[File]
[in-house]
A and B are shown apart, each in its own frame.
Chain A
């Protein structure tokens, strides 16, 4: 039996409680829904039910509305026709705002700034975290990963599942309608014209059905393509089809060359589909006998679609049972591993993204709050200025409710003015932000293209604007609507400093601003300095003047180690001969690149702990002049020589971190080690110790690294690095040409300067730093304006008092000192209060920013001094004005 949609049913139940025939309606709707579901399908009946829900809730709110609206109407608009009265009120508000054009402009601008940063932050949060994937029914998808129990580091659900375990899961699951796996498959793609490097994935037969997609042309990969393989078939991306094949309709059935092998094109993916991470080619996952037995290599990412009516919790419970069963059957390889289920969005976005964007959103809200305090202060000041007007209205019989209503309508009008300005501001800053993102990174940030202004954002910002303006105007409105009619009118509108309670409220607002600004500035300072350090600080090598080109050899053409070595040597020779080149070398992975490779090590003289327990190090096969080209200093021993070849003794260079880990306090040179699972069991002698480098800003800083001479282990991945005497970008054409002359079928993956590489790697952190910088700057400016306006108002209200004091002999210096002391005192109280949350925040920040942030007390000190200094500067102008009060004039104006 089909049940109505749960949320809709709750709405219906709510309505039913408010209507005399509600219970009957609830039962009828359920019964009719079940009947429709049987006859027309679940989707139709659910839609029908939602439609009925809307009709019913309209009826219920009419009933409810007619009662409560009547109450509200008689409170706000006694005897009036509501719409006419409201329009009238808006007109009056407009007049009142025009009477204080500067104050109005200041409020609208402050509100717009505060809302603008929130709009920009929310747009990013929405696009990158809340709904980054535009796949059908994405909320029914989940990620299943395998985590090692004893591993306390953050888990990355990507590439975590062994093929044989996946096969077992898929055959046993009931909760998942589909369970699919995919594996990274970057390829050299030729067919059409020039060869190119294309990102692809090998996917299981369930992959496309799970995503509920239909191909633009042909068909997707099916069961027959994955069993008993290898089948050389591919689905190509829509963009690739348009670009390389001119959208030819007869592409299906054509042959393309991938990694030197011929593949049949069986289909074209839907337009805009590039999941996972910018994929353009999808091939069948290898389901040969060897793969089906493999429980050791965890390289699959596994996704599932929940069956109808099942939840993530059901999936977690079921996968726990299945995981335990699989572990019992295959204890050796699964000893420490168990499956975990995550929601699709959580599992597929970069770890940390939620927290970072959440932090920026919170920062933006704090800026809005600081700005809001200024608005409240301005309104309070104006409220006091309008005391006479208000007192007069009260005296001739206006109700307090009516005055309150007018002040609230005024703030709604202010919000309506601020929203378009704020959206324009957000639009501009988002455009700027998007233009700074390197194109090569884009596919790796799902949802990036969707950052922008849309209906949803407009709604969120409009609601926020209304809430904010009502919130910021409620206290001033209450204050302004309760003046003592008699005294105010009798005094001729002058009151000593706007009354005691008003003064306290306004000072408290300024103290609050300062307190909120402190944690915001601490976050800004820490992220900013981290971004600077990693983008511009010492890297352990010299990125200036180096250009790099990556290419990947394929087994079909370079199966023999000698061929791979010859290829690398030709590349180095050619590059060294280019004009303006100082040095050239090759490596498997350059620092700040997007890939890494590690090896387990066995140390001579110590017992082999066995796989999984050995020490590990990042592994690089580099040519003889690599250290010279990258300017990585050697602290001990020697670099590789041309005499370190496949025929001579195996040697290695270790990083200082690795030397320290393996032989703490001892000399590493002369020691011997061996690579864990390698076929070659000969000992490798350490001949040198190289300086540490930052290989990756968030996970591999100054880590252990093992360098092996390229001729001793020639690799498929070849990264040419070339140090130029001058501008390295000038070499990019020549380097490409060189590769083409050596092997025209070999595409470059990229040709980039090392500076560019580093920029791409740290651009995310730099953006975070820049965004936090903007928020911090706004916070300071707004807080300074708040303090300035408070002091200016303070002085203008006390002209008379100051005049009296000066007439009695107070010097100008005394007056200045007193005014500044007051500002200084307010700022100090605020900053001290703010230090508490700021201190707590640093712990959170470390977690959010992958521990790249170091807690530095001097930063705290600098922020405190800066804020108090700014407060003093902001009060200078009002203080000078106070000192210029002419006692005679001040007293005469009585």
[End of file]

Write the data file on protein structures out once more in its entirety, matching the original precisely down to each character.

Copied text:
[in-house]
A and B are shown apart, each in its own frame.
Chain A
């Protein structure tokens, strides 16, 4: 039996409680829904039910509305026709705002700034975290990963599942309608014209059905393509089809060359589909006998679609049972591993993204709050200025409710003015932000293209604007609507400093601003300095003047180690001969690149702990002049020589971190080690110790690294690095040409300067730093304006008092000192209060920013001094004005 949609049913139940025939309606709707579901399908009946829900809730709110609206109407608009009265009120508000054009402009601008940063932050949060994937029914998808129990580091659900375990899961699951796996498959793609490097994935037969997609042309990969393989078939991306094949309709059935092998094109993916991470080619996952037995290599990412009516919790419970069963059957390889289920969005976005964007959103809200305090202060000041007007209205019989209503309508009008300005501001800053993102990174940030202004954002910002303006105007409105009619009118509108309670409220607002600004500035300072350090600080090598080109050899053409070595040597020779080149070398992975490779090590003289327990190090096969080209200093021993070849003794260079880990306090040179699972069991002698480098800003800083001479282990991945005497970008054409002359079928993956590489790697952190910088700057400016306006108002209200004091002999210096002391005192109280949350925040920040942030007390000190200094500067102008009060004039104006 089909049940109505749960949320809709709750709405219906709510309505039913408010209507005399509600219970009957609830039962009828359920019964009719079940009947429709049987006859027309679940989707139709659910839609029908939602439609009925809307009709019913309209009826219920009419009933409810007619009662409560009547109450509200008689409170706000006694005897009036509501719409006419409201329009009238808006007109009056407009007049009142025009009477204080500067104050109005200041409020609208402050509100717009505060809302603008929130709009920009929310747009990013929405696009990158809340709904980054535009796949059908994405909320029914989940990620299943395998985590090692004893591993306390953050888990990355990507590439975590062994093929044989996946096969077992898929055959046993009931909760998942589909369970699919995919594996990274970057390829050299030729067919059409020039060869190119294309990102692809090998996917299981369930992959496309799970995503509920239909191909633009042909068909997707099916069961027959994955069993008993290898089948050389591919689905190509829509963009690739348009670009390389001119959208030819007869592409299906054509042959393309991938990694030197011929593949049949069986289909074209839907337009805009590039999941996972910018994929353009999808091939069948290898389901040969060897793969089906493999429980050791965890390289699959596994996704599932929940069956109808099942939840993530059901999936977690079921996968726990299945995981335990699989572990019992295959204890050796699964000893420490168990499956975990995550929601699709959580599992597929970069770890940390939620927290970072959440932090920026919170920062933006704090800026809005600081700005809001200024608005409240301005309104309070104006409220006091309008005391006479208000007192007069009260005296001739206006109700307090009516005055309150007018002040609230005024703030709604202010919000309506601020929203378009704020959206324009957000639009501009988002455009700027998007233009700074390197194109090569884009596919790796799902949802990036969707950052922008849309209906949803407009709604969120409009609601926020209304809430904010009502919130910021409620206290001033209450204050302004309760003046003592008699005294105010009798005094001729002058009151000593706007009354005691008003003064306290306004000072408290300024103290609050300062307190909120402190944690915001601490976050800004820490992220900013981290971004600077990693983008511009010492890297352990010299990125200036180096250009790099990556290419990947394929087994079909370079199966023999000698061929791979010859290829690398030709590349180095050619590059060294280019004009303006100082040095050239090759490596498997350059620092700040997007890939890494590690090896387990066995140390001579110590017992082999066995796989999984050995020490590990990042592994690089580099040519003889690599250290010279990258300017990585050697602290001990020697670099590789041309005499370190496949025929001579195996040697290695270790990083200082690795030397320290393996032989703490001892000399590493002369020691011997061996690579864990390698076929070659000969000992490798350490001949040198190289300086540490930052290989990756968030996970591999100054880590252990093992360098092996390229001729001793020639690799498929070849990264040419070339140090130029001058501008390295000038070499990019020549380097490409060189590769083409050596092997025209070999595409470059990229040709980039090392500076560019580093920029791409740290651009995310730099953006975070820049965004936090903007928020911090706004916070300071707004807080300074708040303090300035408070002091200016303070002085203008006390002209008379100051005049009296000066007439009695107070010097100008005394007056200045007193005014500044007051500002200084307010700022100090605020900053001290703010230090508490700021201190707590640093712990959170470390977690959010992958521990790249170091807690530095001097930063705290600098922020405190800066804020108090700014407060003093902001009060200078009002203080000078106070000192210029002419006692005679001040007293005469009585």